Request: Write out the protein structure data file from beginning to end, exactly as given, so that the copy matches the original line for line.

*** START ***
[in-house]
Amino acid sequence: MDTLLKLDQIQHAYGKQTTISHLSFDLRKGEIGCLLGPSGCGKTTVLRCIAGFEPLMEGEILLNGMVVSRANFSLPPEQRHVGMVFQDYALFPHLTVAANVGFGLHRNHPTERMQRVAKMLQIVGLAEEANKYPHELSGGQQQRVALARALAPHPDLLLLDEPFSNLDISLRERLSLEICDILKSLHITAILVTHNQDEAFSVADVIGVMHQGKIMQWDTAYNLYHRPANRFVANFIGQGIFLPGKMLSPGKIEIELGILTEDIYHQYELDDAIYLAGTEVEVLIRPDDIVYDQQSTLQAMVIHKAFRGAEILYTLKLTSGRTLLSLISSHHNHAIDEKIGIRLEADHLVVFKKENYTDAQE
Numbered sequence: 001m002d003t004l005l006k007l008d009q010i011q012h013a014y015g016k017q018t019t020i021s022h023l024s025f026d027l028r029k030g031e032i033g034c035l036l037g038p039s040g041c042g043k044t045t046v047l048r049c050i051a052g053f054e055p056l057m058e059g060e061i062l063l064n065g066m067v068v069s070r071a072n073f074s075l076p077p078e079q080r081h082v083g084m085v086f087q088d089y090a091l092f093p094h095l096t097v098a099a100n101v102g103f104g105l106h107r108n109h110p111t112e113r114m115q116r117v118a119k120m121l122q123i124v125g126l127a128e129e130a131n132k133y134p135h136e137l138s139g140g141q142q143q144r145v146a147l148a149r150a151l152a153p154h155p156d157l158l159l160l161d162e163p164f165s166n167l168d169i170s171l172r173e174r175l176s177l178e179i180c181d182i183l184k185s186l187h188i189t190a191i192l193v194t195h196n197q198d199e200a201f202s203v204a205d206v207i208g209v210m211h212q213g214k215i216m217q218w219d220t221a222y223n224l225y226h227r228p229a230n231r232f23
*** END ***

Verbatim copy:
[in-house]
Amino acid sequence: MDTLLKLDQIQHAYGKQTTISHLSFDLRKGEIGCLLGPSGCGKTTVLRCIAGFEPLMEGEILLNGMVVSRANFSLPPEQRHVGMVFQDYALFPHLTVAANVGFGLHRNHPTERMQRVAKMLQIVGLAEEANKYPHELSGGQQQRVALARALAPHPDLLLLDEPFSNLDISLRERLSLEICDILKSLHITAILVTHNQDEAFSVADVIGVMHQGKIMQWDTAYNLYHRPANRFVANFIGQGIFLPGKMLSPGKIEIELGILTEDIYHQYELDDAIYLAGTEVEVLIRPDDIVYDQQSTLQAMVIHKAFRGAEILYTLKLTSGRTLLSLISSHHNHAIDEKIGIRLEADHLVVFKKENYTDAQE
Numbered sequence: 001m002d003t004l005l006k007l008d009q010i011q012h013a014y015g016k017q018t019t020i021s022h023l024s025f026d027l028r029k030g031e032i033g034c035l036l037g038p039s040g041c042g043k044t045t046v047l048r049c050i051a052g053f054e055p056l057m058e059g060e061i062l063l064n065g066m067v068v069s070r071a072n073f074s075l076p077p078e079q080r081h082v083g084m085v086f087q088d089y090a091l092f093p094h095l096t097v098a099a100n101v102g103f104g105l106h107r108n109h110p111t112e113r114m115q116r117v118a119k120m121l122q123i124v125g126l127a128e129e130a131n132k133y134p135h136e137l138s139g140g141q142q143q144r145v146a147l148a149r150a151l152a153p154h155p156d157l158l159l160l161d162e163p164f165s166n167l168d169i170s171l172r173e174r175l176s177l178e179i180c181d182i183l184k185s186l187h188i189t190a191i192l193v194t195h196n197q198d199e200a201f202s203v204a205d206v207i208g209v210m211h212q213g214k215i216m217q218w219d220t221a222y223n224l225y226h227r228p229a230n231r232f23